I have to admit that I was a bit startled to see this large display of “galletas Marias” in the grocery store today . . . in central Illinois.  But that brought to mind a quick Spanish lesson!

Okay, if you look at the picture above, it’s pretty obvious that these “galletas” are cookies.  Heck, it even says so on the box (it’s a little hard to see, but the arrows point to it).

That’s great . . . so then why is this box of saltines called “galletas saladitas?”

Yep, “galletas” can be either cookies or crackers.  We learned this the hard way, when we asked for a package of galletas at a small tienda, wanting some cookies to have after dinner.  The clerk handed us some, no picture on the package.  We were rather surprised that evening when we opened our “cookies” and found that we had Ritz-type crackers.

Two pieces of advice —

(1)  when you’re not fully sure of the language, it’s a good idea to buy food with pictures on the package; and

(2) if you’re heading to places where Spanish or French is spoken, grab a copy of Kathy Parson’s great books, tailored to all the things a boater needs to do (both on Amazon):

They are both fantastic books and well worth their price.

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  • Nicola Kamper
    Posted at 24 July 2013 Reply

    The same is true in (British) English. The word “biscuit” can be either a cookie or a cracker.

    • Carolyn Shearlock
      Posted at 24 July 2013 Reply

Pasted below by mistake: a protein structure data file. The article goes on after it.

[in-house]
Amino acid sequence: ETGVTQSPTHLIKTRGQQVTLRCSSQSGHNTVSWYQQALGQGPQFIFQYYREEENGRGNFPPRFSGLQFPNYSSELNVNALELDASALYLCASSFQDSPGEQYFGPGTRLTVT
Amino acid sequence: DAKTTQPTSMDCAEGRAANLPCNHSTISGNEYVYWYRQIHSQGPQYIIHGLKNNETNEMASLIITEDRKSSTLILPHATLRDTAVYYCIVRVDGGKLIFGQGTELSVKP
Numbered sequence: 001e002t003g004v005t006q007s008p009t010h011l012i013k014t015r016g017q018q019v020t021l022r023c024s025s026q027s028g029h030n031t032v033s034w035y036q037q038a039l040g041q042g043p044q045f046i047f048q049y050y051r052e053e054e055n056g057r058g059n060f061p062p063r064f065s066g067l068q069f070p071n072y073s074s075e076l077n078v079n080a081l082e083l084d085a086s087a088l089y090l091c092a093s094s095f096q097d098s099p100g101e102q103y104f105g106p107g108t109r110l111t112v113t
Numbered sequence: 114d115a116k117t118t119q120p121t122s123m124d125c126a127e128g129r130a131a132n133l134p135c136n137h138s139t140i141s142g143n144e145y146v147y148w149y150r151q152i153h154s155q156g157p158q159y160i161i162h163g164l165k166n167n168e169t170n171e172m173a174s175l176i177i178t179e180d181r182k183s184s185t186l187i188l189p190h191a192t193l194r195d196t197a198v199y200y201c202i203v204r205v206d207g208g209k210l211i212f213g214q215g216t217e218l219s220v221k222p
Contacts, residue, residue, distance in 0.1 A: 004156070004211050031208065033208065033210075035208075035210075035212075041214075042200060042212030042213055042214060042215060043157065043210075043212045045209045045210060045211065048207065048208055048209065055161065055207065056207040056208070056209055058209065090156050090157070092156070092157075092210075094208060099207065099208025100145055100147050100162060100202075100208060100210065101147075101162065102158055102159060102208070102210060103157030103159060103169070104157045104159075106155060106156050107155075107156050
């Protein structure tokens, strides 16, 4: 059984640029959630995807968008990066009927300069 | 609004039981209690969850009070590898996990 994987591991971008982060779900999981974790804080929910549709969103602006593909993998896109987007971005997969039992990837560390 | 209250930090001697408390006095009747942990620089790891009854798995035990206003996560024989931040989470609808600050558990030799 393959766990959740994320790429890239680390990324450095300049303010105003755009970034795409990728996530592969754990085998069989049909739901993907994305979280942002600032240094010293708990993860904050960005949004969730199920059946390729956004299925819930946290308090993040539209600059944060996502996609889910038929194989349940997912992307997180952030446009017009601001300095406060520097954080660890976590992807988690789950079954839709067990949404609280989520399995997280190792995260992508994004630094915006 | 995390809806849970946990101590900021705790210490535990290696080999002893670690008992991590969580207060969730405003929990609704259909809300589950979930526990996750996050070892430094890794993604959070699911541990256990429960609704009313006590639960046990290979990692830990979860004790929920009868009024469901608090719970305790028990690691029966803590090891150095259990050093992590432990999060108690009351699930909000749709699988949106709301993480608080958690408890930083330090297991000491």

Thanks for reminding me of that! Been a while since I’ve been with Brits . . . last time I was, they had no idea what I wanted when I asked for some TP (toilet paper or as they’d say, loo roll)!

  • Becky Croston
    Posted at 11 July 2014 Reply

    When I tried to find “medium chedder” in Australia, I found they have either “cheesy, cheesier, and cheesiest” chedders. We tried to substitute Australian ingredients for a favorite recipe, and cooked it—and hated it!
    “Recipes” :
    ” I didn’t have potatoes, so I substituted rice.
    I didn’t have paprika, so I used another spice.
    I didn’t have tomato sauce, so I used tomato paste.
    A whole can, not a half can, I don’t believe in waste.
    My friend gave me the recipe, she said you can’t beat it.
    There must be something wrong with her, I couldn’t even eat it.”

  • Lupari Sue
    Posted at 11 July 2014 Reply

    We had fun in Indonesia, Malaysia and Thailand. Easier where the alphabet is the same as ours then you can use dictionary and attempt to say words but where alphabet is completely different (thai)it is almost impossible. But we love the challenge. This is when we rely on the pics.

  • John
    Posted at 11 July 2014 Reply

    For the technology enabled cruiser there is always google translate. And I just discovered a magical app called Word Lens that uses the camera to translate the words in place. Serious magic!! I just moved to the Dominican Republic and have to “provision” weekly. These two apps have been life savers..!!

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